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Comment Re:Wait, what? (Score 1) 133

Agreed. Its quite a bit different than Slugging [npr.org] that is/was popular in some cities. These newer programs have apps for ride matching, rating systems, and at least informally set fees. Its a regulation dodge more than anything else.

Definitely - and they're not turnout out to be so successful at dodging the legislation after all. There are other companies that do "real" carpooling though, such as e.g. Avego. They've been getting a lot of attention during the BART strike now, with them offering to actually fly commuters to work by helicopter ( http://bartstrike.com/?page_id=1073 ).

Comment Re:Sharing? (Score 1) 133

But the prices on Lyft seem to be on the order of $15-20 for a short ride within SF, which is more like taxi prices. At that cost you're hiring a paid driver, not pitching in for gas in a rideshare.

Yeah, absolutely. Lyft, Sidecar, Uber - they're all really taxi companies in disguise, trying to pretend being carpooling services.
An example of a real carpooling service is Avego, which connects drivers and riders with each other. The big difference to e.g. Lyft is that the prices are much lower, so the drivers only offset part of their cost rather than making a profit. That way, the service is really for regular commuters rather than for taxis. Drivers save a bit of money (and get to drive in the faster HOV lanes), riders get cheap and easy transportation, congestion levels are reduced, and there are less pollution from cars. Boomberg did an interview with them recently where they explained (among other things) the difference to e.g. Lyft at http://www.bloomberg.com/video/beat-the-bart-strike-with-avego-s-ridesharing-app-sxMdKCAbTbWzaiWyJwBP6w.html .

Comment Out-of-order packets? (Score 1) 58

Using the Netflix example, wouldn't some packets going over 3G and others going over wired broadband cause massive problems with packets arriving out of order? There are methods for handling that in TCP of course, but I wonder how effective they would be in as exterme circumstances as we'd be talking about here.

Comment Duplicati (Score 1) 148

You might want to have a look at Duplicati - that's what I ended up using after I spent a while looking into how to do backup securely. It'll handle scheduling, partials (i.e. diffs, if you want), compression, encryption of the result, and finally upload to a whole range of different cloud providers (or a local directory, of course). It's free, and available for Windows, OSX, and Linux.

Comment Re:How do we stop them? (Score 4, Informative) 210

How can I harden my computer against being used as a node in an ASIO botnet?

ASIO would come in the same way that normal cybercriminals would, so it's a matter of standard common-sense security precautions.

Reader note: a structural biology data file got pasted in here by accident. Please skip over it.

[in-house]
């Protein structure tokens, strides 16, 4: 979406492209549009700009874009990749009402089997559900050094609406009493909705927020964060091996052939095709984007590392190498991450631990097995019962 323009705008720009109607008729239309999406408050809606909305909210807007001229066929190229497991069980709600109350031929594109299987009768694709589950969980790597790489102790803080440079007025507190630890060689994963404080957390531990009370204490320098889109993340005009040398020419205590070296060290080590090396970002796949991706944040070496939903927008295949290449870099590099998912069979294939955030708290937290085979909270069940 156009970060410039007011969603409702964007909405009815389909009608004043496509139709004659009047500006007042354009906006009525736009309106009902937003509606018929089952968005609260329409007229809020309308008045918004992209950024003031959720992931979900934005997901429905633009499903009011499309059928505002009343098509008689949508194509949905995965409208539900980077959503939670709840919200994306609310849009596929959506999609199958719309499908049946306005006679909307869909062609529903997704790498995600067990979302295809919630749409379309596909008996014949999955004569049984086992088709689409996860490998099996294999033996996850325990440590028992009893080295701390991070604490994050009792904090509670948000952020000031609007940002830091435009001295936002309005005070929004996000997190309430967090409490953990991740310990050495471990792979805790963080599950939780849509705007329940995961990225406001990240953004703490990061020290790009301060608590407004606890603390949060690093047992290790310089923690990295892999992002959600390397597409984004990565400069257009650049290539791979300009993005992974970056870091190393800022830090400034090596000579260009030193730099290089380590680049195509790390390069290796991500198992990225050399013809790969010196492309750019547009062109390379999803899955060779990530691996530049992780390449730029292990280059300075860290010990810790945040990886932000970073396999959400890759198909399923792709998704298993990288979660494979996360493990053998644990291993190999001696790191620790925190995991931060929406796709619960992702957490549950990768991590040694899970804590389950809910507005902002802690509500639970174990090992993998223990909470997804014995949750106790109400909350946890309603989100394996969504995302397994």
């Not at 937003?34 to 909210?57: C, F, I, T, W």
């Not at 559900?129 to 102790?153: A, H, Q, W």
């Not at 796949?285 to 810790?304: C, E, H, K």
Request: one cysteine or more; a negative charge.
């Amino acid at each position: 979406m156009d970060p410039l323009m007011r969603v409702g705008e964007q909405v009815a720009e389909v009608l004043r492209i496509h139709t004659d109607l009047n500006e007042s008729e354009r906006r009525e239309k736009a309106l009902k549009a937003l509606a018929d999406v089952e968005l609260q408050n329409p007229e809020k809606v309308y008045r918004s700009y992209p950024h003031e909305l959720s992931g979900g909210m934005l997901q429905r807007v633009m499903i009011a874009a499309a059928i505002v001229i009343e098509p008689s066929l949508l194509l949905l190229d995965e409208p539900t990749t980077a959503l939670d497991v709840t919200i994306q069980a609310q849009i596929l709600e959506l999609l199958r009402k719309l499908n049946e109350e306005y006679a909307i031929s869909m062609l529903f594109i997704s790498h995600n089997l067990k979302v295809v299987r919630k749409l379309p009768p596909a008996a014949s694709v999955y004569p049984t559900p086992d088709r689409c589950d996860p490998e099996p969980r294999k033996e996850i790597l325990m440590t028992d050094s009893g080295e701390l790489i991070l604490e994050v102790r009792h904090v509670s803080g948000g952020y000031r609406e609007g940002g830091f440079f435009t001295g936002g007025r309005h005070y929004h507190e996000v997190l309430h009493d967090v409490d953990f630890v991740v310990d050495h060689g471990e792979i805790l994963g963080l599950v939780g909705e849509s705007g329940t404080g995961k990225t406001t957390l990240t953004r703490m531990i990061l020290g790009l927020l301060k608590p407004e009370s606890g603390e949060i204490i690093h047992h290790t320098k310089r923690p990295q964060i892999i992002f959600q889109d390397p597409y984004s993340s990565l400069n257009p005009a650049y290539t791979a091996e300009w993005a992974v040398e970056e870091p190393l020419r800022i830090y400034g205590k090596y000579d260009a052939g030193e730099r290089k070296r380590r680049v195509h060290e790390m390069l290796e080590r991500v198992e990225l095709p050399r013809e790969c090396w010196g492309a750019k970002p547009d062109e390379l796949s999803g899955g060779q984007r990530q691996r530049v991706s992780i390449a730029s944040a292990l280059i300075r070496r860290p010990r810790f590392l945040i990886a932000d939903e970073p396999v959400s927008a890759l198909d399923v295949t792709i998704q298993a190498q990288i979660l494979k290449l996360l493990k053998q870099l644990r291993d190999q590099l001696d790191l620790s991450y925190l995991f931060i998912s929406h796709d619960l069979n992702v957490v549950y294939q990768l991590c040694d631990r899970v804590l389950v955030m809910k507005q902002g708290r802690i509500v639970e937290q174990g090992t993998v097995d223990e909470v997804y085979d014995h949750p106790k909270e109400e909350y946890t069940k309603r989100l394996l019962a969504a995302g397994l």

If you're using Windows, keep it up-to-date and use a decent antivirus program - Microsoft's security essentials works fine. Don't click links in emails from strange people. Don't open email attachments from strange people. In terms of software, a good rule, originally by Brian Krebs I believe, is not to install software if you didn't search for that software in the first place (with other words, don't install if it comes to you by email, or if it pops up when you're browsing around generally, etc etc).

In addition to the operating system, a few other pieces of software are fairly important to keep up-to-date: Your internet browser. Adobe flash and reader, if you use those. Java (or better yet, disable Java in the browser completely).

Comment Re:No problem (Score 1) 177

If the numbers are anywhere near right then they should easly recoop their money. Even if they fall short and have only 5000 sudents instead of 7000 then at $1400 each then they will earn 7 million dollars.

I know that it's customary on slashdot not to read the linked articles but you didn't even read the summary, did you? They got four students. Four.

Comment Re:Before somebody asks . . . (Score 1) 84

No, that's not the reason. A UPS has to be able to replace the full power provided by the main when in use. A pacemaker only needs to provide a small trigger signal, which is much smaller than the output of the heart itself.

"... which is much smaller than the output of the heart itself."

Kind of like a UPS and an electric power plant then, yes?

Comment The Logica hacking ... (Score 5, Informative) 95

... isn't just a matter of hacking a random IT firm as the summary may lead one to believe. The firm in question was a contractor for the government, and was handling a number of important census databases, including personal details about people with "protected identity" (people that live under threat of violence, and the like). Through the hacking, this data was released.

Considering that he was already wanted for his involvement in the pirate bay, the hacking was an incredibly stupid thing to do.

Comment Wrong audience for the question (Score 4, Insightful) 340

While I'm sure there are some here that are into sailing, this question should really be placed at a sailing forum instead. There are plenty of those - I'd suggest that you become a member there, and ask the question there instead. It also seems to me that a round-the-world trip may be a bit ambitious if you don't even know about the gear (or have tested the boat) yet. Something more limited may be suitable initially.

There can be no twisted thought without a twisted molecule. -- R. W. Gerard